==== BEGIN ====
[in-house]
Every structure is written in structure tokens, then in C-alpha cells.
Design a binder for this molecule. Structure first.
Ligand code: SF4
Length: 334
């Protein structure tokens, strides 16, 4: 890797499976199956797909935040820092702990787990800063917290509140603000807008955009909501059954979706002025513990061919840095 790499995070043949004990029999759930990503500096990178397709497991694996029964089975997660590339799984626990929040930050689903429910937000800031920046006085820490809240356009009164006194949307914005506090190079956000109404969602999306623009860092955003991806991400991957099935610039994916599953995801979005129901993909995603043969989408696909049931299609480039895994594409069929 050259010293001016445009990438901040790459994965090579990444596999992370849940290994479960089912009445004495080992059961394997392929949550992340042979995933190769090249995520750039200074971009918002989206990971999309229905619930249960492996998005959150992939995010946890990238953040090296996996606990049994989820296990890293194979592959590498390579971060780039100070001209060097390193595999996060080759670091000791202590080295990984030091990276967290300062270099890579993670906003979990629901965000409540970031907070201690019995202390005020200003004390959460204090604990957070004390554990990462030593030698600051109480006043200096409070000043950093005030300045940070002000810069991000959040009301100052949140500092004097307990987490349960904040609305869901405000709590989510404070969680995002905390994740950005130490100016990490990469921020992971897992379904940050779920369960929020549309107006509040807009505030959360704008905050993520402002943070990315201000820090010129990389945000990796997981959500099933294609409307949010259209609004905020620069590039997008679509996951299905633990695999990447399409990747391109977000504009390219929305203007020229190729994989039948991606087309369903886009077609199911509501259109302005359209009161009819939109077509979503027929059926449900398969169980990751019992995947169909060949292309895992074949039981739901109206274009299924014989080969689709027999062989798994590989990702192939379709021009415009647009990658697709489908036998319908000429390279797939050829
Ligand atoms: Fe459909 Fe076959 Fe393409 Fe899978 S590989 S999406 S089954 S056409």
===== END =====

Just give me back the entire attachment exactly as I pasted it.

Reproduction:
[in-house]
Every structure is written in structure tokens, then in C-alpha cells.
Design a binder for this molecule. Structure first.
Ligand code: SF4
Length: 334
């Protein structure tokens, strides 16, 4: 890797499976199956797909935040820092702990787990800063917290509140603000807008955009909501059954979706002025513990061919840095 790499995070043949004990029999759930990503500096990178397709497991694996029964089975997660590339799984626990929040930050689903429910937000800031920046006085820490809240356009009164006194949307914005506090190079956000109404969602999306623009860092955003991806991400991957099935610039994916599953995801979005129901993909995603043969989408696909049931299609480039895994594409069929 050259010293001016445009990438901040790459994965090579990444596999992370849940290994479960089912009445004495080992059961394997392929949550992340042979995933190769090249995520750039200074971009918002989206990971999309229905619930249960492996998005959150992939995010946890990238953040090296996996606990049994989820296990890293194979592959590498390579971060780039100070001209060097390193595999996060080759670091000791202590080295990984030091990276967290300062270099890579993670906003979990629901965000409540970031907070201690019995202390005020200003004390959460204090604990957070004390554990990462030593030698600051109480006043200096409070000043950093005030300045940070002000810069991000959040009301100052949140500092004097307990987490349960904040609305869901405000709590989510404070969680995002905390994740950005130490100016990490990469921020992971897992379904940050779920369960929020549309107006509040807009505030959360704008905050993520402002943070990315201000820090010129990389945000990796997981959500099933294609409307949010259209609004905020620069590039997008679509996951299905633990695999990447399409990747391109977000504009390219929305203007020229190729994989039948991606087309369903886009077609199911509501259109302005359209009161009819939109077509979503027929059926449900398969169980990751019992995947169909060949292309895992074949039981739901109206274009299924014989080969689709027999062989798994590989990702192939379709021009415009647009990658697709489908036998319908000429390279797939050829
Ligand atoms: Fe459909 Fe076959 Fe393409 Fe899978 S590989 S999406 S089954 S056409």